Can court ask state to compensate damage of religious places

Can court ask state to compensate damage of religious places

The Supreme Court today resumed a crucial hearing to decide whether the courts can command the State to fund the restoration of places of worship damaged due to its failure to maintain law and order, an issue that came into focus after the destruction of such structures during the 2002 Gujarat riots.

"Can we command the state to construct the places of worship or religious structures damaged because the state failed to maintain the law and order situation," asked the bench comprising Justices Dipak Misra and Prafulla C Panth.

"What is troubling us is whether the state because of its failure to control law and order situation can be asked to compensate with funds the restoration of temple, church, mosque, gurudwara, math etc.," the bench said.

It further asked "whether a body collective, running places of worship like temple, church, mosque, gurdwara or math, can seek damage and compensation because the state has failed to maintain law and order leading to their damage."

The bench was hearing a petition filed by the Gujarat Government challenging the 2012 order of the High Court directing it to pay compensation to over 500 shrines damged during the post-Godhra riots.

The High Court had issued an interim direction for computation of actual damages to the places of worship to be made by 'special officers' who were District Judges.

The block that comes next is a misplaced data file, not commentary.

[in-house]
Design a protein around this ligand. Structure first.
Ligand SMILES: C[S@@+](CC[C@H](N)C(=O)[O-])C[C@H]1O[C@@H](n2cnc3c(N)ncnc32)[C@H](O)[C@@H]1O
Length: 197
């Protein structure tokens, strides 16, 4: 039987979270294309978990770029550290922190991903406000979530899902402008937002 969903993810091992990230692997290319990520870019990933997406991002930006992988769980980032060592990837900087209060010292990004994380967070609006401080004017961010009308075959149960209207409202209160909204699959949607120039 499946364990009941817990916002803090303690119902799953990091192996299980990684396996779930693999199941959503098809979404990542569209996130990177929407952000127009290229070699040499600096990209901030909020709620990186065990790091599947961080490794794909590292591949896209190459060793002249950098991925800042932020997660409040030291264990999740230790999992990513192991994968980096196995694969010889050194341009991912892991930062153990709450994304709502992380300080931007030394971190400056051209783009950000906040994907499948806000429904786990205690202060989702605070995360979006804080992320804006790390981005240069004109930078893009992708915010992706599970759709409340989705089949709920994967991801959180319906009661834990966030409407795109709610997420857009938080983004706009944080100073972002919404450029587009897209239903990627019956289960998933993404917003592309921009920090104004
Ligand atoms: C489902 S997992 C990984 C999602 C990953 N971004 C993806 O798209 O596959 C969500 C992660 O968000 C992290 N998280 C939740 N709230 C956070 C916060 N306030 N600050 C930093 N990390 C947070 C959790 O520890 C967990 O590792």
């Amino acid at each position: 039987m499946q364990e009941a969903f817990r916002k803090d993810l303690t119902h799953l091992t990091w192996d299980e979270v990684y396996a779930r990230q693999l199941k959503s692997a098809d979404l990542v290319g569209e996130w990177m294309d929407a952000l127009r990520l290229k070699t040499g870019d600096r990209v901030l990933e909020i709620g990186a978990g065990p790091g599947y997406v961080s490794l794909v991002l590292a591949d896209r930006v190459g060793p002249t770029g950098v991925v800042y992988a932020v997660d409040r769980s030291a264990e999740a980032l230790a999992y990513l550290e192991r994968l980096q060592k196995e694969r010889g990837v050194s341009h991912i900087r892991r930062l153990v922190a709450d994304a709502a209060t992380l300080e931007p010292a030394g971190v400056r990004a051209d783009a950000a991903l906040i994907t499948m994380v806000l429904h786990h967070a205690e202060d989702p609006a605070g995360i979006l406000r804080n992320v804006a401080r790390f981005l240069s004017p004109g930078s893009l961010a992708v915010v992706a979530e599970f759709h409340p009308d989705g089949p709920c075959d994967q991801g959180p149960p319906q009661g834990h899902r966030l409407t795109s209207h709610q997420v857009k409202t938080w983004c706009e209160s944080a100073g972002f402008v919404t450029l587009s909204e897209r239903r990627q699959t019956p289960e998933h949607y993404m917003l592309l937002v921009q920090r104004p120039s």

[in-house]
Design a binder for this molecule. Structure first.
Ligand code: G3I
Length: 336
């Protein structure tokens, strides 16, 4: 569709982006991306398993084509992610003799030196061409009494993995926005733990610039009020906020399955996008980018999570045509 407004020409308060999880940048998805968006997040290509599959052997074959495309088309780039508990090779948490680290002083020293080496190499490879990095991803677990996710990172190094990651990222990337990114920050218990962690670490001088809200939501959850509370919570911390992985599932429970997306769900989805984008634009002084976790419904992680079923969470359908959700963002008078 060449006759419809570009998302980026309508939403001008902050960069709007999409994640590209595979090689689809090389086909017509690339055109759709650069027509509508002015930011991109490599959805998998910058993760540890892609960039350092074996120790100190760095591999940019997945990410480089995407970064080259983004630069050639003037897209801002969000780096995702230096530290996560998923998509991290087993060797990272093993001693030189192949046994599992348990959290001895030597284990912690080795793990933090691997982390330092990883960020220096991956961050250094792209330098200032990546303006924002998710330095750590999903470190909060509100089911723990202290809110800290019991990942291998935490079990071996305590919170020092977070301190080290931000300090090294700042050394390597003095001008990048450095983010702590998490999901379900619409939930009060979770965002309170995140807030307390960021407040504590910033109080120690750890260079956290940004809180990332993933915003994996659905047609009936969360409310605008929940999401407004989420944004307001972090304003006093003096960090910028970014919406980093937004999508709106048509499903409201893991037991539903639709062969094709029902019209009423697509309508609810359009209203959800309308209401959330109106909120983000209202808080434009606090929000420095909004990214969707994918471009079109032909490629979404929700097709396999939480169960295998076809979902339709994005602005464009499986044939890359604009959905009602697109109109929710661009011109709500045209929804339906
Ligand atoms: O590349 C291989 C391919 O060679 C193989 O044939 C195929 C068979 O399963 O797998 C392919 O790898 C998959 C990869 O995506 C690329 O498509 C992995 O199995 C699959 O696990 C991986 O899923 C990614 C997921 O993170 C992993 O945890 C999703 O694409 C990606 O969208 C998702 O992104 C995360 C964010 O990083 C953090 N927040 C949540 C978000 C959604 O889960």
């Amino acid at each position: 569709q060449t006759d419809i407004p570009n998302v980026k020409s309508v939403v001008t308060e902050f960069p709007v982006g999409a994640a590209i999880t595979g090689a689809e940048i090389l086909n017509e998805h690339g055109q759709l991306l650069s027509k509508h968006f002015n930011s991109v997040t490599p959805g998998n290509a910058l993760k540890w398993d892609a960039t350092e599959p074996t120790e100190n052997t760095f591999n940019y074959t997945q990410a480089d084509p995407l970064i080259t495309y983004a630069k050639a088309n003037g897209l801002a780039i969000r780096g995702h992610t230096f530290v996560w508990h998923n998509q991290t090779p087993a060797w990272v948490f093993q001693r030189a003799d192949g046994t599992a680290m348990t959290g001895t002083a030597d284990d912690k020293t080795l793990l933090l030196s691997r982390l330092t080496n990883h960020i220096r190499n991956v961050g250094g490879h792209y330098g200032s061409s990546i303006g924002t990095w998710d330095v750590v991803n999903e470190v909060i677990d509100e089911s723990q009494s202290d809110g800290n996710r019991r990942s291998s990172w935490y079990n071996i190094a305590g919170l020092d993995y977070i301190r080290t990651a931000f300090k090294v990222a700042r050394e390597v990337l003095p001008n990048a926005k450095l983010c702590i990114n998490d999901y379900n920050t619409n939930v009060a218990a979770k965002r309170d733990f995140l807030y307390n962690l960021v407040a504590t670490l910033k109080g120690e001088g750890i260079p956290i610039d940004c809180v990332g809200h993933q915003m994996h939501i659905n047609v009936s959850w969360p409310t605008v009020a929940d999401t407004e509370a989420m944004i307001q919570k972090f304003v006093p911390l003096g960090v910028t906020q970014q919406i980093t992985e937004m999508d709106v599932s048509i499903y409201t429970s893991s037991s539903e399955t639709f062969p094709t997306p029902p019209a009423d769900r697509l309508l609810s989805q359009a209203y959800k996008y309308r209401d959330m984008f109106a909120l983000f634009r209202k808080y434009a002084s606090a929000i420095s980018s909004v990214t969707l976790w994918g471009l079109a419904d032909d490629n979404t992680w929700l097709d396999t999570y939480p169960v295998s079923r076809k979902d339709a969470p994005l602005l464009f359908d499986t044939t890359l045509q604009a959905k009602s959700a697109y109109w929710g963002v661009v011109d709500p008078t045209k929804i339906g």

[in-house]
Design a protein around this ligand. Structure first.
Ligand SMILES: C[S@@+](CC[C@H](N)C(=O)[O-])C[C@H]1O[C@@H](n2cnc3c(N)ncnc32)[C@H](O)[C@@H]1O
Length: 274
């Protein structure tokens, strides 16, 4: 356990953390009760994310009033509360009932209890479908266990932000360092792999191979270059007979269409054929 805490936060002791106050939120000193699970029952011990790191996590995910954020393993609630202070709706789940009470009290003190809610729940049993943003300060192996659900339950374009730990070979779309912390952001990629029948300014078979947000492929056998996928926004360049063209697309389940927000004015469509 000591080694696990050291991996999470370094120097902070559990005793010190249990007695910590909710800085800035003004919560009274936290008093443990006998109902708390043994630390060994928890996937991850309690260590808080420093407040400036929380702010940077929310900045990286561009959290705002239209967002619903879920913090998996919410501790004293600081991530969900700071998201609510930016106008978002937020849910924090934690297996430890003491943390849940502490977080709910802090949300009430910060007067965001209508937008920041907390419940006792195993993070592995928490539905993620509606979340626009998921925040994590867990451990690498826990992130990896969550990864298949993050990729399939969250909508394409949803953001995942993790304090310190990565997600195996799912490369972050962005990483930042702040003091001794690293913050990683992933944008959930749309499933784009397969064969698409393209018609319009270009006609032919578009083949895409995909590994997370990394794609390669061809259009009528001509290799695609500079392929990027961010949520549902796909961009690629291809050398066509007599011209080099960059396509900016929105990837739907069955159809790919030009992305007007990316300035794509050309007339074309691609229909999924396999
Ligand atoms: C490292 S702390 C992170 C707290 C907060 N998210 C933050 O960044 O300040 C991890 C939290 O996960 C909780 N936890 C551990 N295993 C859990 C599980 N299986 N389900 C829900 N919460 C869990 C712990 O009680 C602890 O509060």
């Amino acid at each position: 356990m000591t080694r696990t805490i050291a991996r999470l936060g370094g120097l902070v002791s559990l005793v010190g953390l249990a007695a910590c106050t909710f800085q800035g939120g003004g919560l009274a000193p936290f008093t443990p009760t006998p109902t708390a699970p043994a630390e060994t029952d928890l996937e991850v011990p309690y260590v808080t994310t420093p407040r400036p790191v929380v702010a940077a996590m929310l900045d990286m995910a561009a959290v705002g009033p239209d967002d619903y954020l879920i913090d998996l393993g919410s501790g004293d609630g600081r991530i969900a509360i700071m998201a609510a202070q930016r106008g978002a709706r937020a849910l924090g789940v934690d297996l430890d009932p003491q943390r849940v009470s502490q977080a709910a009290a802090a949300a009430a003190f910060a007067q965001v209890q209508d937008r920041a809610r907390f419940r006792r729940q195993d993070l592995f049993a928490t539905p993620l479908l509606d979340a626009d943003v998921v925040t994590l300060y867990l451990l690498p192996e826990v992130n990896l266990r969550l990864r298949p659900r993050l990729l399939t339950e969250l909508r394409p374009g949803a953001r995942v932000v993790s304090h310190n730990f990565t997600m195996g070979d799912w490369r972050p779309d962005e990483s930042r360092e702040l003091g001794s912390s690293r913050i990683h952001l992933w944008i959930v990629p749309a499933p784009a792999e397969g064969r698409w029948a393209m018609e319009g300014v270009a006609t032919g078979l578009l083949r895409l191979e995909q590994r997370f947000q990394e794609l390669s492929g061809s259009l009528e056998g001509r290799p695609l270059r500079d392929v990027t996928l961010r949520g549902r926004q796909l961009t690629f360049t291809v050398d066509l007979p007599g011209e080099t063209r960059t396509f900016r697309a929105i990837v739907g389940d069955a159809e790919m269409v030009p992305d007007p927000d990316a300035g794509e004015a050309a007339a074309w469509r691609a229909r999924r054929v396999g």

While Gujarat Government sought quashing of the High Court order contending that it was neither manageable, enforceable or capable of execution as per law, the NGO, Islamic Relief Committee of Gujarat (IRCG), said the state government is liable to compensate those who suffered damages.

The apex court on August 27, 2013 had directed the maintenance of status quo on the February 8, 2012 order of the High Court and decided to examine the legal issues arising out of the matter.

The bench said it has to be examined how far it would be constitutional to command the state to give money from its funds which come from tax payers for restoration, relocation and renovation of religious structures damaged due to its failure to maintain law and order situation.

The court noted that in the instant case, government compensation relating to individuals have been completed but the issue which is "bothering" was about the compensation for religious places.

The bench also wondered under which provision of law was a district judge asked to act as a special officer to quantify the amount of damage.

"Under which provision of law, the Special Officer, who is a District Judge will proceed for determining the amount to be paid as compensation. Under which provision, the Special Officers will hear arguments and appreciate the evidence for quantifying the compensation," the bench said.